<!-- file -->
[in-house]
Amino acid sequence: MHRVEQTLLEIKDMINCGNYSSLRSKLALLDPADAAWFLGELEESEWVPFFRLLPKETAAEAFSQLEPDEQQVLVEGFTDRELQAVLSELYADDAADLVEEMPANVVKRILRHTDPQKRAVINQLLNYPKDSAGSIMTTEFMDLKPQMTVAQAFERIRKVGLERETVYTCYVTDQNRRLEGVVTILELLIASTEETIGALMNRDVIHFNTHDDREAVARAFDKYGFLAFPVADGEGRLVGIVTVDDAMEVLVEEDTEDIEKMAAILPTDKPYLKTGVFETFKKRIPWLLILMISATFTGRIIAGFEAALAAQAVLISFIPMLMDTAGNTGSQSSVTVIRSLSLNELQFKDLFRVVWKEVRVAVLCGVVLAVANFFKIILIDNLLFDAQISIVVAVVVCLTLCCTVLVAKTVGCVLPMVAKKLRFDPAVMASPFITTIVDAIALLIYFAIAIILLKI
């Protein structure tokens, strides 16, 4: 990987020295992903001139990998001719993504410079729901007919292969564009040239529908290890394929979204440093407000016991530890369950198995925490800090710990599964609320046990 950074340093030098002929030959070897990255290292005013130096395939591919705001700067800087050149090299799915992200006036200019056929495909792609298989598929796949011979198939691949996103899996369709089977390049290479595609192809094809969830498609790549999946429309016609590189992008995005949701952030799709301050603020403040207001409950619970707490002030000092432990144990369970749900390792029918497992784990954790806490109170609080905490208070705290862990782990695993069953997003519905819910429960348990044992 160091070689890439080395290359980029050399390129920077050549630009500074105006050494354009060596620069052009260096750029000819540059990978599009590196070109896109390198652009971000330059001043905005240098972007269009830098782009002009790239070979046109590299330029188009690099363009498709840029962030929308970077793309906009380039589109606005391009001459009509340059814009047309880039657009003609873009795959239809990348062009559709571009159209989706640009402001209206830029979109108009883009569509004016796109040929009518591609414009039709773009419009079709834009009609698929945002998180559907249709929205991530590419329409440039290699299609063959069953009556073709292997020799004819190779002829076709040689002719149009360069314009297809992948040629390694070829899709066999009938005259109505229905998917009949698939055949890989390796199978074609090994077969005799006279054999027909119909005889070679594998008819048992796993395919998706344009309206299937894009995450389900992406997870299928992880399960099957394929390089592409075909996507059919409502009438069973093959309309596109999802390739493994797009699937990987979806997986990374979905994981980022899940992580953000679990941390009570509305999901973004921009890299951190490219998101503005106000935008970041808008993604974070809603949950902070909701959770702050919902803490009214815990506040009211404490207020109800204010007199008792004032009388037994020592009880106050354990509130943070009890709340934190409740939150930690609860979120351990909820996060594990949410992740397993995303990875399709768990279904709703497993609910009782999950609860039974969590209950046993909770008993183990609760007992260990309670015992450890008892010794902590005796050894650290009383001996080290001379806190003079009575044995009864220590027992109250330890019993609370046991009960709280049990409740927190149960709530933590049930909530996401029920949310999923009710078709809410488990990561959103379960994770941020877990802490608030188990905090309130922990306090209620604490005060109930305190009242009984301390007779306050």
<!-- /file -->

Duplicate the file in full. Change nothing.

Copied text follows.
[in-house]
Amino acid sequence: MHRVEQTLLEIKDMINCGNYSSLRSKLALLDPADAAWFLGELEESEWVPFFRLLPKETAAEAFSQLEPDEQQVLVEGFTDRELQAVLSELYADDAADLVEEMPANVVKRILRHTDPQKRAVINQLLNYPKDSAGSIMTTEFMDLKPQMTVAQAFERIRKVGLERETVYTCYVTDQNRRLEGVVTILELLIASTEETIGALMNRDVIHFNTHDDREAVARAFDKYGFLAFPVADGEGRLVGIVTVDDAMEVLVEEDTEDIEKMAAILPTDKPYLKTGVFETFKKRIPWLLILMISATFTGRIIAGFEAALAAQAVLISFIPMLMDTAGNTGSQSSVTVIRSLSLNELQFKDLFRVVWKEVRVAVLCGVVLAVANFFKIILIDNLLFDAQISIVVAVVVCLTLCCTVLVAKTVGCVLPMVAKKLRFDPAVMASPFITTIVDAIALLIYFAIAIILLKI
């Protein structure tokens, strides 16, 4: 990987020295992903001139990998001719993504410079729901007919292969564009040239529908290890394929979204440093407000016991530890369950198995925490800090710990599964609320046990 950074340093030098002929030959070897990255290292005013130096395939591919705001700067800087050149090299799915992200006036200019056929495909792609298989598929796949011979198939691949996103899996369709089977390049290479595609192809094809969830498609790549999946429309016609590189992008995005949701952030799709301050603020403040207001409950619970707490002030000092432990144990369970749900390792029918497992784990954790806490109170609080905490208070705290862990782990695993069953997003519905819910429960348990044992 160091070689890439080395290359980029050399390129920077050549630009500074105006050494354009060596620069052009260096750029000819540059990978599009590196070109896109390198652009971000330059001043905005240098972007269009830098782009002009790239070979046109590299330029188009690099363009498709840029962030929308970077793309906009380039589109606005391009001459009509340059814009047309880039657009003609873009795959239809990348062009559709571009159209989706640009402001209206830029979109108009883009569509004016796109040929009518591609414009039709773009419009079709834009009609698929945002998180559907249709929205991530590419329409440039290699299609063959069953009556073709292997020799004819190779002829076709040689002719149009360069314009297809992948040629390694070829899709066999009938005259109505229905998917009949698939055949890989390796199978074609090994077969005799006279054999027909119909005889070679594998008819048992796993395919998706344009309206299937894009995450389900992406997870299928992880399960099957394929390089592409075909996507059919409502009438069973093959309309596109999802390739493994797009699937990987979806997986990374979905994981980022899940992580953000679990941390009570509305999901973004921009890299951190490219998101503005106000935008970041808008993604974070809603949950902070909701959770702050919902803490009214815990506040009211404490207020109800204010007199008792004032009388037994020592009880106050354990509130943070009890709340934190409740939150930690609860979120351990909820996060594990949410992740397993995303990875399709768990279904709703497993609910009782999950609860039974969590209950046993909770008993183990609760007992260990309670015992450890008892010794902590005796050894650290009383001996080290001379806190003079009575044995009864220590027992109250330890019993609370046991009960709280049990409740927190149960709530933590049930909530996401029920949310999923009710078709809410488990990561959103379960994770941020877990802490608030188990905090309130922990306090209620604490005060109930305190009242009984301390007779306050």